Twenty Four is quite young to achieve your life’s goal and although I had a fantastic job and was living my dream it didn’t feel quite right. I was lonely and sad and had lost up to 3 stone in weight. I power dressed and even wore pearls and scarves but not in a rock way – in a Stepford wives way! I even stopped drinking pints! At the time I didn’t realise how unhappy I was until I returned to the Molise, back to southern Italy and realised just what I was missing! The south of Italy is like the North of England, poor, agricultural but happy. It felt like home. I quit my high paid job and followed my heart to a place called Campobasso.

Enduring the cold but beautiful winters in Campobasso

Campobasso is the Head town of the Molise region. It is a big town but really like a small village and I absolutely loved it there. I found myself again and am glad to say that the pint drinking, jean wearing party girl returned and the scarf and (fake) pearls were thrown in a bin! As a language learner and a language teacher my biggest advice for how to learn a language is to move to a place where NO ONE speaks your first language! This really worked for me apart from the fact that people in Campobasso spoke a strange Italian dialect! So that is what I learned! An example of the dialect would be … I don’t know in Italian is ‘non lo so’. In the local dialect its ‘Che ne saccio’!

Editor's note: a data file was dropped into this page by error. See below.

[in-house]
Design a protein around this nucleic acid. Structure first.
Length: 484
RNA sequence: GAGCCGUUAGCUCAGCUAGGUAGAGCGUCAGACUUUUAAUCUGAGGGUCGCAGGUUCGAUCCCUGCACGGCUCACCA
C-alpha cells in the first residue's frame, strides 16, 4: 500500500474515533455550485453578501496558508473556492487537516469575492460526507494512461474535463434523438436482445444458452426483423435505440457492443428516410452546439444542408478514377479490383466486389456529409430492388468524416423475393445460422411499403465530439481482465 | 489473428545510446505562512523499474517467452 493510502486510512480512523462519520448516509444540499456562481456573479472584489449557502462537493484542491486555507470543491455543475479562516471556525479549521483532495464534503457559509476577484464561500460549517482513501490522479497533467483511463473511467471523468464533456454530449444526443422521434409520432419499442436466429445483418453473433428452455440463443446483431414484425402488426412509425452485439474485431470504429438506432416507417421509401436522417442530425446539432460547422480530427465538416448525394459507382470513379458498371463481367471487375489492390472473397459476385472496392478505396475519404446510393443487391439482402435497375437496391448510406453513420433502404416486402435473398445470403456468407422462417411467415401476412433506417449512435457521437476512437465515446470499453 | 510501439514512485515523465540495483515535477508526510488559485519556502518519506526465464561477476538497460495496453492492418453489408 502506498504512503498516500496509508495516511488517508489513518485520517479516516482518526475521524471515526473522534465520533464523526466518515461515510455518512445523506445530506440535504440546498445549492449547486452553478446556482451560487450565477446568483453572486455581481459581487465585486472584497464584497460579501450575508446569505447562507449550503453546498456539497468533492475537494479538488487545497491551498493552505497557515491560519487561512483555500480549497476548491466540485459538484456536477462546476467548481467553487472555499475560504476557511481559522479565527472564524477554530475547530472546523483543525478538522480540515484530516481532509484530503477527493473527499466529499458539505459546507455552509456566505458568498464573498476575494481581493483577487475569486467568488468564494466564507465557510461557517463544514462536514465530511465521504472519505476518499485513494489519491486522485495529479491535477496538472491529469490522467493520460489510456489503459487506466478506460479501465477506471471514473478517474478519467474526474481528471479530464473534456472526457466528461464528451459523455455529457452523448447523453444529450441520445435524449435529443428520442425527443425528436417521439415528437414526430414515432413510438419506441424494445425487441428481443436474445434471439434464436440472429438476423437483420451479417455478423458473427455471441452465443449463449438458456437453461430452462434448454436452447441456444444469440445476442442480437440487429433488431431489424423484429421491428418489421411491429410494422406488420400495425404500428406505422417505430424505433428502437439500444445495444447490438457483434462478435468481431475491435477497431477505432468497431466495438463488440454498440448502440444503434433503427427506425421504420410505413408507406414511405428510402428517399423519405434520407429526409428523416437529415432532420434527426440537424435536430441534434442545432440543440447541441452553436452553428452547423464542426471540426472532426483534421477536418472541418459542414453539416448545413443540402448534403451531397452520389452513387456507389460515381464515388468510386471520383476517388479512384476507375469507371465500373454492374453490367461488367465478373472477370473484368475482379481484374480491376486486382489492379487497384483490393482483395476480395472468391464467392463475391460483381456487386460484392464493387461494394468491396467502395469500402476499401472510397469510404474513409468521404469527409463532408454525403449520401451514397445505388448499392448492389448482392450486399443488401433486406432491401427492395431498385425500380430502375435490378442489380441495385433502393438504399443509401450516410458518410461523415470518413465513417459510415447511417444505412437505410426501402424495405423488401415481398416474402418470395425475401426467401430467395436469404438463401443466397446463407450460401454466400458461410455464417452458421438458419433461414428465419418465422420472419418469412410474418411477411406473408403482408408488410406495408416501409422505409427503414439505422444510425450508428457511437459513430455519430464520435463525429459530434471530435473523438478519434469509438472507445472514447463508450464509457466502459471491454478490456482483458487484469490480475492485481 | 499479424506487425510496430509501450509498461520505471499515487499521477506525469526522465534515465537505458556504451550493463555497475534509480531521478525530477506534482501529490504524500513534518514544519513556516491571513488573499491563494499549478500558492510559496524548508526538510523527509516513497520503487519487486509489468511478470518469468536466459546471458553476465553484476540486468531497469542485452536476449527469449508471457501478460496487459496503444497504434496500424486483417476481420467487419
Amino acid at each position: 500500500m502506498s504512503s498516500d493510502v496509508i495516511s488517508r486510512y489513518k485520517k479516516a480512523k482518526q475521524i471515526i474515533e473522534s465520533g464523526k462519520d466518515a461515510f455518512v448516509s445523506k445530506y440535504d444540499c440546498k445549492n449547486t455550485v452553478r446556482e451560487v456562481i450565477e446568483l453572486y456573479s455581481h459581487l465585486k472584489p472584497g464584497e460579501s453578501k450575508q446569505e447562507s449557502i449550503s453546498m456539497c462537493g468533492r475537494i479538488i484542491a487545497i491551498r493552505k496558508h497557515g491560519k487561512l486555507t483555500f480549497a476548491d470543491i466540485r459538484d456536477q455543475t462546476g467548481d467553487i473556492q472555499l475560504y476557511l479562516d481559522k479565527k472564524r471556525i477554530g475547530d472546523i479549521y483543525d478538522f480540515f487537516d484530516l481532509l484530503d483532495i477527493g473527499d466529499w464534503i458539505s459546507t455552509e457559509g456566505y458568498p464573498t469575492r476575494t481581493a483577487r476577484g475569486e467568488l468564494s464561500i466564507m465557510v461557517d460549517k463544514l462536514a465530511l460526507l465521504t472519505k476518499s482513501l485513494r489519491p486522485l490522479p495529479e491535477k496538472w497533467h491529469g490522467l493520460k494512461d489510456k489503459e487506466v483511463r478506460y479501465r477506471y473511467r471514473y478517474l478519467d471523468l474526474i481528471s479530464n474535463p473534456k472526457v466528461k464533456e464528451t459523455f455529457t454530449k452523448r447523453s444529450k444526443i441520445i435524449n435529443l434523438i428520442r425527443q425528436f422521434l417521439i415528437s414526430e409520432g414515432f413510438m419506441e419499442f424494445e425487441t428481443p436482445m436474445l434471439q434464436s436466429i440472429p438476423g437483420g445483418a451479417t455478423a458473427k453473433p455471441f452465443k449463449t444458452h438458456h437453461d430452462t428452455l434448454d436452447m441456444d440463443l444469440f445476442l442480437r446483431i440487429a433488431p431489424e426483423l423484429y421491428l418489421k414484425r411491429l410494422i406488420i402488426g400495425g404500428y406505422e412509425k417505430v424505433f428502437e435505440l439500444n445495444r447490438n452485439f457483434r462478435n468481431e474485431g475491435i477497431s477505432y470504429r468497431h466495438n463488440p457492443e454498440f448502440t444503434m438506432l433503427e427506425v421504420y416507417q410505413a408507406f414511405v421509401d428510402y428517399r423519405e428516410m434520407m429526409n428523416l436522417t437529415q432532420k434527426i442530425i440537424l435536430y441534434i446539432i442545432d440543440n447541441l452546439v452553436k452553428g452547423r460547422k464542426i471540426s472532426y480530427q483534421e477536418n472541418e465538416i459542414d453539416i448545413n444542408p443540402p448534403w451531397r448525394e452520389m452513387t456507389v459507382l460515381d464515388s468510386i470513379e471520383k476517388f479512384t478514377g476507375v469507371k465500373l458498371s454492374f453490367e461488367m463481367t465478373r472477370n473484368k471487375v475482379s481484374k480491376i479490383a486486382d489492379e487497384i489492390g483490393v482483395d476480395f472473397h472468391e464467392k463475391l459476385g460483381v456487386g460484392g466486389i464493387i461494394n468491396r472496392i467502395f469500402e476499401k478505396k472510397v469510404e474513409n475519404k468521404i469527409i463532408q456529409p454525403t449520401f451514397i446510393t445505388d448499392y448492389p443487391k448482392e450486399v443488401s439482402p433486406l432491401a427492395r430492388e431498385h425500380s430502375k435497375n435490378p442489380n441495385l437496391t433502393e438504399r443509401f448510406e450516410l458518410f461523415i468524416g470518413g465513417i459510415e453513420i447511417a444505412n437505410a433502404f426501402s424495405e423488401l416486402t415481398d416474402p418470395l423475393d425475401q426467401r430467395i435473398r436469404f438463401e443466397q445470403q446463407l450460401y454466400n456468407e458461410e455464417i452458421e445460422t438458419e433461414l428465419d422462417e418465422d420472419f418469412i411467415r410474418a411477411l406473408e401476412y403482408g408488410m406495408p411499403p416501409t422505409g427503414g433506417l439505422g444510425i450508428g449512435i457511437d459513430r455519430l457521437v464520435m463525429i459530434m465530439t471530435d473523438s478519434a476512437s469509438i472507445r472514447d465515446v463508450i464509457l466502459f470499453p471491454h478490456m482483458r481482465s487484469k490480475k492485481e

I spent two of the best years of my life in Campobasso, I met some other American, Canadian, English and Welsh women and we became close friends. I didn’t make a lot of money but I was very happy. Two years went by and I knew everybody and every cat and dog! It was clear that if I didn’t move I would live there forever. Loving it as much as I did I was only 28 and I needed a change and more of a career opportunity. A friend and I decided to move to a city in the north east of Italy called Bologna. We chose Bologna because we heard it was a cool, arty, leftie city and we weren’t disappointed! I landed an amazing job teaching at the British Council, made special friends and had a great quality of life but once again fate intervened, and my life changed again.

Never knowing without a Prosecco in Bologna!

It was there that I met my husband who was on holiday visiting his sister. Although he was born in Catania, Sicily he moved to the UK when he was 4 and immediately dropped his Italian. We fell in love and because he was training in English law, we decided to would move back to the UK and live in his Camden apartment. It turned out he lived down the road from my sister! I had never lived in the south of England. So in 2002 I moved back to England and my life here began.

We regularly go back to Italy and weirdly my Italian goes from strength to strength, I think because I don’t care about being accurate any more I have become more fluent!

My husband’s Italian is not as good as mine and this often confuses people.

We are now slowly teaching the children to speak Italian and they are very much in touch with their Italian heritage’ Not just from my husband’s Sicilian side but also from my adopted Italian side.

I hope one day they will follow in our footsteps and live there. But as THEY are our children they will probably follow their own path!

My husband Massimo and I the first year we met.